I recently finished a series of three facial anatomy workshops for the artists at Creative Assembly, the award winning, Sega-owned studio responsible for the long-running Total War franchise as well as titles like Alien Isolation and Halo Wars 2. Like most artists designing characters for games and visual effects the bar for creating realistic faces is exceptionally high and a functional understanding of the construction of the face is very important to achieving believably with the form and motion of the face. The goal of the workshops was to help the Creative Assembly artists develop a fluency with the anatomical forms and structures of the face so that they can work more quickly, accurately, and creatively, while avoiding the common mistakes many artists make in their portraiture.
The three sessions brought together teams of character artists, concept artists, and technical animators from across the studio, many from the Warhammer team (coincidentally, I recently finished a ZBrush workshop for the sculptors at GamesWorkshop, the creators of the Warhammer IP).
Over each three-day workshop, we covered the critical anatomy of the face starting with the skull and progressing through skeletal muscles, eye construction, fat deposits, nose/ear construction, and then the muscles of expression. The main practical exercise for the workshops was a ‘facial reconstruction’ where we built up the anatomy of the face layer by layer. Starting with a plastic skull we layered colored clay over it to represent the different tissue types, and constructed each portrait from the inside-out. The goal of the exercise was to give the artists a hands-on, tactile learning experience that helps the anatomy stick in their memory (and it gets them out from in-front of a computer and working with their hands in a sculptural way). The process of working in ‘true 3D’ on the reconstruction exercise solidifies a spatial understanding of how all the forms of a portrait relate to each other anatomically and how they are located relative to the skull.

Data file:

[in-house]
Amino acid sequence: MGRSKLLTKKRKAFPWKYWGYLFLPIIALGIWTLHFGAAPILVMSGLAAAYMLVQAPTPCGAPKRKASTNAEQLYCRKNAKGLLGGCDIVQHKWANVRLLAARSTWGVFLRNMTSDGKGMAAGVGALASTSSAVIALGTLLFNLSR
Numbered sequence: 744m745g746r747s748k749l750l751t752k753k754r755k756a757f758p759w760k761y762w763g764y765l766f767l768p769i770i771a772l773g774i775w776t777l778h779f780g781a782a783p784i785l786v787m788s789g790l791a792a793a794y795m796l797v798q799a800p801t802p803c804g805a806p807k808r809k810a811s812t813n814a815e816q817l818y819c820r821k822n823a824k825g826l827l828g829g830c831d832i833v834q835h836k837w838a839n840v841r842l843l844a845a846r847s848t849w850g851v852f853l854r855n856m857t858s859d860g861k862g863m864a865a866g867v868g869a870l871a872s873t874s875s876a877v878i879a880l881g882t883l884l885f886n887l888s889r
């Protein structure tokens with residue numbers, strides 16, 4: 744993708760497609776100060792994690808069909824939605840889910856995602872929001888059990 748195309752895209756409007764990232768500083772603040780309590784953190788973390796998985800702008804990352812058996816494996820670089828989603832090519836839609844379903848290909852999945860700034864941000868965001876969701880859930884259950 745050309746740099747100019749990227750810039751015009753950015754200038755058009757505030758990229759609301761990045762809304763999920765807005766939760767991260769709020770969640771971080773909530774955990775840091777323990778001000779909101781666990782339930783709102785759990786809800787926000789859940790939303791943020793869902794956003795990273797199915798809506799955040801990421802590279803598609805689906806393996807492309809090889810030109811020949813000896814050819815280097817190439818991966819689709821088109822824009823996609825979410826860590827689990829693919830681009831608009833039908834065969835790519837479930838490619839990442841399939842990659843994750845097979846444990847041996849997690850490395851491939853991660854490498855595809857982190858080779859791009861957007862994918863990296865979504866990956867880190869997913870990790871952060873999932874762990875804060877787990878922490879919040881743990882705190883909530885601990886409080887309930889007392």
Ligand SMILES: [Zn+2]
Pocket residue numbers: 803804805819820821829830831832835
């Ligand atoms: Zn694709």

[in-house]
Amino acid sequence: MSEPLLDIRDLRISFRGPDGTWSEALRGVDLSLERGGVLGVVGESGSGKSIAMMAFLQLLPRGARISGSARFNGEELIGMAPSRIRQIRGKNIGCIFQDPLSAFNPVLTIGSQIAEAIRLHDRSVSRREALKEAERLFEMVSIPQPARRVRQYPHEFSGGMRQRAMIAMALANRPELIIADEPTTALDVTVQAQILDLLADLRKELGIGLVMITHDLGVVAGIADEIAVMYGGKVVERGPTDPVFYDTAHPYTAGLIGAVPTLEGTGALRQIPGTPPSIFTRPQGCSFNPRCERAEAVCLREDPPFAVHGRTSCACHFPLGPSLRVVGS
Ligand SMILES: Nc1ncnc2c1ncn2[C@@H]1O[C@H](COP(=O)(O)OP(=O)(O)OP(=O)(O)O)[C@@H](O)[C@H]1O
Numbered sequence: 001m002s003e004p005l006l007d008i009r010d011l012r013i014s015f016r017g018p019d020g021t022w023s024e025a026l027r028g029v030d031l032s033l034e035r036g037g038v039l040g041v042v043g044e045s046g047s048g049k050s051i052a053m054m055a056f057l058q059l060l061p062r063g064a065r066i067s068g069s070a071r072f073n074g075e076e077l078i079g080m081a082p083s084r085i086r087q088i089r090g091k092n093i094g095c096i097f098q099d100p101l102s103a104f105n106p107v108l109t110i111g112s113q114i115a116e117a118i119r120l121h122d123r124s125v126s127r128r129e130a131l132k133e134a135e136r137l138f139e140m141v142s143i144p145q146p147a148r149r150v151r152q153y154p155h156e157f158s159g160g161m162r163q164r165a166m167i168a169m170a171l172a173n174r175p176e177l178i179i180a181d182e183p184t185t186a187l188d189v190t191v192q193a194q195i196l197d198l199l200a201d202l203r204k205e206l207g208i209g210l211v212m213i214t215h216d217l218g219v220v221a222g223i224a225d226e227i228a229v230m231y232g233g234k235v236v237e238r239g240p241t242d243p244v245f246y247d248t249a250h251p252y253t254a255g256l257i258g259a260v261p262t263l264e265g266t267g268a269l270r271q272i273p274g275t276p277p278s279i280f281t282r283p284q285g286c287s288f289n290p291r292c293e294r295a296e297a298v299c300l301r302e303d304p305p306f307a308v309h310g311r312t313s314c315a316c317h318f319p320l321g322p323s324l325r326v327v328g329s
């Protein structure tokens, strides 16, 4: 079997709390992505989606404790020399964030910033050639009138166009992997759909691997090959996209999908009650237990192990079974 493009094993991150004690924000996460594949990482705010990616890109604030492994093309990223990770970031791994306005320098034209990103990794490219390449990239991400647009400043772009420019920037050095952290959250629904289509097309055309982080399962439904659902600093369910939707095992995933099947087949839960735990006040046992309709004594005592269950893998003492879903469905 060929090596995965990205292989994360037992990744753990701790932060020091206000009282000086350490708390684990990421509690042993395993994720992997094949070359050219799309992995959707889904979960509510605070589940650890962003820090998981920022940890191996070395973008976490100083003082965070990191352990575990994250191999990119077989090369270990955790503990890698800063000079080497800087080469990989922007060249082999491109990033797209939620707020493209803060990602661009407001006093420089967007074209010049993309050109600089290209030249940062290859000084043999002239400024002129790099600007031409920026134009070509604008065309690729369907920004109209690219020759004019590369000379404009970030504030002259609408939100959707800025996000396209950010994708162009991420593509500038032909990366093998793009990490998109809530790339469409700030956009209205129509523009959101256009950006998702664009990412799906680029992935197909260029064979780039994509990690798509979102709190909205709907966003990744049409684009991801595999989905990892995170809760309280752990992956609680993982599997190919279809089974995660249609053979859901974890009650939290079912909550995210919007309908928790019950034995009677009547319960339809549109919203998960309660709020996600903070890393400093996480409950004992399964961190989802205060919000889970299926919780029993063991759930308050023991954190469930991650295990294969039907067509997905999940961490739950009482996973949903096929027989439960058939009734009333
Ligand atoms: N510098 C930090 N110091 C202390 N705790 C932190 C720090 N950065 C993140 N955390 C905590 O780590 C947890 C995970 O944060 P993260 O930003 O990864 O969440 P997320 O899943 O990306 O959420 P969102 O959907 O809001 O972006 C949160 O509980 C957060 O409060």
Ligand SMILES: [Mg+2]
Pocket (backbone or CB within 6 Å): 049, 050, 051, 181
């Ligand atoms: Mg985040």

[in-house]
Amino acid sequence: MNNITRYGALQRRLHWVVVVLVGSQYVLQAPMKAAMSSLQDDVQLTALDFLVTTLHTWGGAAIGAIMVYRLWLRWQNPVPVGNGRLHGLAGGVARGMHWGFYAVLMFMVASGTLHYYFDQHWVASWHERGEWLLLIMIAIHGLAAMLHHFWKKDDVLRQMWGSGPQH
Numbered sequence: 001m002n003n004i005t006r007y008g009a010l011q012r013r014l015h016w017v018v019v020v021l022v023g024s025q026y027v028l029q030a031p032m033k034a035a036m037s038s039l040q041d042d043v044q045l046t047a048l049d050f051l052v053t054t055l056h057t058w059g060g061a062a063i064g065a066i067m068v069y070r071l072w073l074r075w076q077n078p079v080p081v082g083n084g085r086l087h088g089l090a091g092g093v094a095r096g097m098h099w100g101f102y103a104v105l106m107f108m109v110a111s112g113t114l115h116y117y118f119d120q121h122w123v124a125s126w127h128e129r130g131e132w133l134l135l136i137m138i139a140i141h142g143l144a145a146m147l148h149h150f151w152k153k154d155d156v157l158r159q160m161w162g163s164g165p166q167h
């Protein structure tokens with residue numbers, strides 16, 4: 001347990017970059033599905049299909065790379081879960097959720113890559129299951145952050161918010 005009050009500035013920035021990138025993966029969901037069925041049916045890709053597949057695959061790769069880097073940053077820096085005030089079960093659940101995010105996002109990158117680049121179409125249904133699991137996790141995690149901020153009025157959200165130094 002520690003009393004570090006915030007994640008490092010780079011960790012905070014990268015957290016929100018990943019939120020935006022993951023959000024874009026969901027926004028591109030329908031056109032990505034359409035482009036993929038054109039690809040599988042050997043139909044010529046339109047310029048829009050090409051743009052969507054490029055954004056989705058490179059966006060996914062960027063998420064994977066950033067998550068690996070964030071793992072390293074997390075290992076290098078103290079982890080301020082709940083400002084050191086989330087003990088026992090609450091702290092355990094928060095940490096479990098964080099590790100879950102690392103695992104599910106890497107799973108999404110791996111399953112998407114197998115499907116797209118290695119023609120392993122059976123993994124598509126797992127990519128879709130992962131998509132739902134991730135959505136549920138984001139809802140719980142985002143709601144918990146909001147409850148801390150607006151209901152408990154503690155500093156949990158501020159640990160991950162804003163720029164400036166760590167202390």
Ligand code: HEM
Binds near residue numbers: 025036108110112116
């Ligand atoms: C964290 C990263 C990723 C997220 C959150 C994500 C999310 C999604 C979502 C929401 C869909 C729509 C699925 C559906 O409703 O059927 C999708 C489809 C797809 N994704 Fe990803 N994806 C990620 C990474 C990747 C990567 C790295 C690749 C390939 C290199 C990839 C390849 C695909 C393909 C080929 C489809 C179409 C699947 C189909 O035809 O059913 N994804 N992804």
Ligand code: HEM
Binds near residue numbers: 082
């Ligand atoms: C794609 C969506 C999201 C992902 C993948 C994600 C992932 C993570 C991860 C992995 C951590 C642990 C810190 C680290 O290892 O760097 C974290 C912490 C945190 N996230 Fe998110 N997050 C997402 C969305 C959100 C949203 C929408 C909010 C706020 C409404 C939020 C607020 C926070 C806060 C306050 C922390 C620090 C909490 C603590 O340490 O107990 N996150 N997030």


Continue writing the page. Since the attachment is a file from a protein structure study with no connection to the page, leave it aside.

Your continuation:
It was AWESOME!!!! I really really enjoyed it. I love how thorough Scott Eaton is, I learned so much in just 3 days. Not only was he full of knowledge about facial anatomy, his teaching style was fun and very engaging. I didn’t lose concentration or get bored at all. He is such a laid-back guy who has a great sense of humour, so the atmosphere was fun yet focused.
More of the feedback from the facial anatomy sessions on Creative Assemblies blog. If you are a games/VFX/animation studio looking for in-depth facial anatomy training, feel free to get in touch. If you are artist, student, or just interested in facial anatomy, all the lessons that I teach during these workshops are covered in full in my online facial anatomy course here.